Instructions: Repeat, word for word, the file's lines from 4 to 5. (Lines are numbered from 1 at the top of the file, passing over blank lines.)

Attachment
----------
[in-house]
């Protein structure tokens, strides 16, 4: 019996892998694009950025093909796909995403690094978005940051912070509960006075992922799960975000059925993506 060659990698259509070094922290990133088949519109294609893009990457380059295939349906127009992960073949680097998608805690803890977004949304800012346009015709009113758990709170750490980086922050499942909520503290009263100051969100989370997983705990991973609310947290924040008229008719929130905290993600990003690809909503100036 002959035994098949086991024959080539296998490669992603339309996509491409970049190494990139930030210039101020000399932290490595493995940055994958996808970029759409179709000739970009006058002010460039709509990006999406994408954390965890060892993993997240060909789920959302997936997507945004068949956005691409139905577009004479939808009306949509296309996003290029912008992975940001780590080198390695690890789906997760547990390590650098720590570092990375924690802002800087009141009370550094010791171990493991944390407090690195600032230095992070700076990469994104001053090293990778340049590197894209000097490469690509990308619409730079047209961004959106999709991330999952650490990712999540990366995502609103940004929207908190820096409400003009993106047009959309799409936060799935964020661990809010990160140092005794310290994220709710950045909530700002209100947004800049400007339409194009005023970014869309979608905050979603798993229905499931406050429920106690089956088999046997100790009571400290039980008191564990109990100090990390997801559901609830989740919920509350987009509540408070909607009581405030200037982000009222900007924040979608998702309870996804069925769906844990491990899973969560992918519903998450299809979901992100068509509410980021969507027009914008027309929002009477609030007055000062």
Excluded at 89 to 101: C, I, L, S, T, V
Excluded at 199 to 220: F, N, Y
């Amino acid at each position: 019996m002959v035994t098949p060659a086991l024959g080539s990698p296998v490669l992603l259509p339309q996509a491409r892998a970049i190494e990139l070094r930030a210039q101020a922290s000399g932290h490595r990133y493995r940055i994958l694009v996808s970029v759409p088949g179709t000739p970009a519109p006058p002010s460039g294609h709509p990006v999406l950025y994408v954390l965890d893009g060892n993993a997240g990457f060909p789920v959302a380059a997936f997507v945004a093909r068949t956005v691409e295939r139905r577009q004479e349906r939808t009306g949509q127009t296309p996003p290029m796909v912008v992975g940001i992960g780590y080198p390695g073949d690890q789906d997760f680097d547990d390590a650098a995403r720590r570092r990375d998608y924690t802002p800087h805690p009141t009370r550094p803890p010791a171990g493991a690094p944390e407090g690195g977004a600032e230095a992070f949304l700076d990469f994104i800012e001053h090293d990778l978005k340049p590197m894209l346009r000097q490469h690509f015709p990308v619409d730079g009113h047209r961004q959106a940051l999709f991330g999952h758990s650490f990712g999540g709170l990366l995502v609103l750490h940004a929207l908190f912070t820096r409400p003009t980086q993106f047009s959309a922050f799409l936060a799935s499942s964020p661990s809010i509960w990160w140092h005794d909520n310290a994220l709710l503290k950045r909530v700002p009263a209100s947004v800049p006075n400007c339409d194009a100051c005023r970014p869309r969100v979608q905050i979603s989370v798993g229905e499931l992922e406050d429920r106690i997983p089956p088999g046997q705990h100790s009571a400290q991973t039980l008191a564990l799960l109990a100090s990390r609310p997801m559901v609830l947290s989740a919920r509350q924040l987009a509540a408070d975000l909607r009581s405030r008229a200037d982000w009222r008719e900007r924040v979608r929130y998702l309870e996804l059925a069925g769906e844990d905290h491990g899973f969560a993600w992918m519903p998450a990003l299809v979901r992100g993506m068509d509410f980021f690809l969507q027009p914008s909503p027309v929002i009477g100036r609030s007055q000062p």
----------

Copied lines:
Excluded at 199 to 220: F, N, Y
């Amino acid at each position: 019996m002959v035994t098949p060659a086991l024959g080539s990698p296998v490669l992603l259509p339309q996509a491409r892998a970049i190494e990139l070094r930030a210039q101020a922290s000399g932290h490595r990133y493995r940055i994958l694009v996808s970029v759409p088949g179709t000739p970009a519109p006058p002010s460039g294609h709509p990006v999406l950025y994408v954390l965890d893009g060892n993993a997240g990457f060909p789920v959302a380059a997936f997507v945004a093909r068949t956005v691409e295939r139905r577009q004479e349906r939808t009306g949509q127009t296309p996003p290029m796909v912008v992975g940001i992960g780590y080198p390695g073949d690890q789906d997760f680097d547990d390590a650098a995403r720590r570092r990375d998608y924690t802002p800087h805690p009141t009370r550094p803890p010791a171990g493991a690094p944390e407090g690195g977004a600032e230095a992070f949304l700076d990469f994104i800012e001053h090293d990778l978005k340049p590197m894209l346009r000097q490469h690509f015709p990308v619409d730079g009113h047209r961004q959106a940051l999709f991330g999952h758990s650490f990712g999540g709170l990366l995502v609103l750490h940004a929207l908190f912070t820096r409400p003009t980086q993106f047009s959309a922050f799409l936060a799935s499942s964020p661990s809010i509960w990160w140092h005794d909520n310290a994220l709710l503290k950045r909530v700002p009263a209100s947004v800049p006075n400007c339409d194009a100051c005023r970014p869309r969100v979608q905050i979603s989370v798993g229905e499931l992922e406050d429920r106690i997983p089956p088999g046997q705990h100790s009571a400290q991973t039980l008191a564990l799960l109990a100090s990390r609310p997801m559901v609830l947290s989740a919920r509350q924040l987009a509540a408070d975000l909607r009581s405030r008229a200037d982000w009222r008719e900007r924040v979608r929130y998702l309870e996804l059925a069925g769906e844990d905290h491990g899973f969560a993600w992918m519903p998450a990003l299809v979901r992100g993506m068509d509410f980021f690809l969507q027009p914008s909503p027309v929002i009477g100036r609030s007055q000062p």